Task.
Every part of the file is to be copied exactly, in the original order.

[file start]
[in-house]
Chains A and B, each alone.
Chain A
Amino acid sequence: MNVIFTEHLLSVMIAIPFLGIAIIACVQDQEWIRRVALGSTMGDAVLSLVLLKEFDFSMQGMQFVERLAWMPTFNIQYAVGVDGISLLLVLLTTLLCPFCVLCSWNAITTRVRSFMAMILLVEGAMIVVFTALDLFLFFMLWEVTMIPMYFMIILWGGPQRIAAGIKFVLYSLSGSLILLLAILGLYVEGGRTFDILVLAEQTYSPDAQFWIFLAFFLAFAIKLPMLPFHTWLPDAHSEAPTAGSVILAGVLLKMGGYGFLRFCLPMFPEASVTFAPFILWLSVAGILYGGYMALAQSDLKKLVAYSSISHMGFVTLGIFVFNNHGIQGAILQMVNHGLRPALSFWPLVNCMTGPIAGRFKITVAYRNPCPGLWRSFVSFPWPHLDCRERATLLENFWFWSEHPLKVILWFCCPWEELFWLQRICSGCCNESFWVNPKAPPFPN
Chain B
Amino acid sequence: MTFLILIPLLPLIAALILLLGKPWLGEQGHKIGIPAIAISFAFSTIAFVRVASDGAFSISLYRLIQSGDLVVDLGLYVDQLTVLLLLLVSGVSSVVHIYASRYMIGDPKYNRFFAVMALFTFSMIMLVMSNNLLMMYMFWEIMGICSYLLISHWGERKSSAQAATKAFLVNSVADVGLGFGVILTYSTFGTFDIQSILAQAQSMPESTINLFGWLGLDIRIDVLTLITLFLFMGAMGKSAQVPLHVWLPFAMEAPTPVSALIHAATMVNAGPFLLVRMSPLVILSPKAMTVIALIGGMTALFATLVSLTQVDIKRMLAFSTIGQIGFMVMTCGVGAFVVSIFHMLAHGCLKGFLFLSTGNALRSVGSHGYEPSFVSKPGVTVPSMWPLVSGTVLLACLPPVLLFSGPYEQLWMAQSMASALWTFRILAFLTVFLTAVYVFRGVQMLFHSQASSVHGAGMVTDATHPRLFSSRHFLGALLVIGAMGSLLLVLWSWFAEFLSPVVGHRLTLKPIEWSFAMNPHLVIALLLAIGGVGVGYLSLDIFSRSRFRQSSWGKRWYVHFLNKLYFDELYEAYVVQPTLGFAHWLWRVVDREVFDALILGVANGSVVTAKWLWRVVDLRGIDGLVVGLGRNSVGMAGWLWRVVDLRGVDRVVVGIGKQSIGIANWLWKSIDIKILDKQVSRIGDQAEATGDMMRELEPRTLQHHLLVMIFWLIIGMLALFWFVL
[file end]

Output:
[in-house]
Chains A and B, each alone.
Chain A
Amino acid sequence: MNVIFTEHLLSVMIAIPFLGIAIIACVQDQEWIRRVALGSTMGDAVLSLVLLKEFDFSMQGMQFVERLAWMPTFNIQYAVGVDGISLLLVLLTTLLCPFCVLCSWNAITTRVRSFMAMILLVEGAMIVVFTALDLFLFFMLWEVTMIPMYFMIILWGGPQRIAAGIKFVLYSLSGSLILLLAILGLYVEGGRTFDILVLAEQTYSPDAQFWIFLAFFLAFAIKLPMLPFHTWLPDAHSEAPTAGSVILAGVLLKMGGYGFLRFCLPMFPEASVTFAPFILWLSVAGILYGGYMALAQSDLKKLVAYSSISHMGFVTLGIFVFNNHGIQGAILQMVNHGLRPALSFWPLVNCMTGPIAGRFKITVAYRNPCPGLWRSFVSFPWPHLDCRERATLLENFWFWSEHPLKVILWFCCPWEELFWLQRICSGCCNESFWVNPKAPPFPN
Chain B
Amino acid sequence: MTFLILIPLLPLIAALILLLGKPWLGEQGHKIGIPAIAISFAFSTIAFVRVASDGAFSISLYRLIQSGDLVVDLGLYVDQLTVLLLLLVSGVSSVVHIYASRYMIGDPKYNRFFAVMALFTFSMIMLVMSNNLLMMYMFWEIMGICSYLLISHWGERKSSAQAATKAFLVNSVADVGLGFGVILTYSTFGTFDIQSILAQAQSMPESTINLFGWLGLDIRIDVLTLITLFLFMGAMGKSAQVPLHVWLPFAMEAPTPVSALIHAATMVNAGPFLLVRMSPLVILSPKAMTVIALIGGMTALFATLVSLTQVDIKRMLAFSTIGQIGFMVMTCGVGAFVVSIFHMLAHGCLKGFLFLSTGNALRSVGSHGYEPSFVSKPGVTVPSMWPLVSGTVLLACLPPVLLFSGPYEQLWMAQSMASALWTFRILAFLTVFLTAVYVFRGVQMLFHSQASSVHGAGMVTDATHPRLFSSRHFLGALLVIGAMGSLLLVLWSWFAEFLSPVVGHRLTLKPIEWSFAMNPHLVIALLLAIGGVGVGYLSLDIFSRSRFRQSSWGKRWYVHFLNKLYFDELYEAYVVQPTLGFAHWLWRVVDREVFDALILGVANGSVVTAKWLWRVVDLRGIDGLVVGLGRNSVGMAGWLWRVVDLRGVDRVVVGIGKQSIGIANWLWKSIDIKILDKQVSRIGDQAEATGDMMRELEPRTLQHHLLVMIFWLIIGMLALFWFVL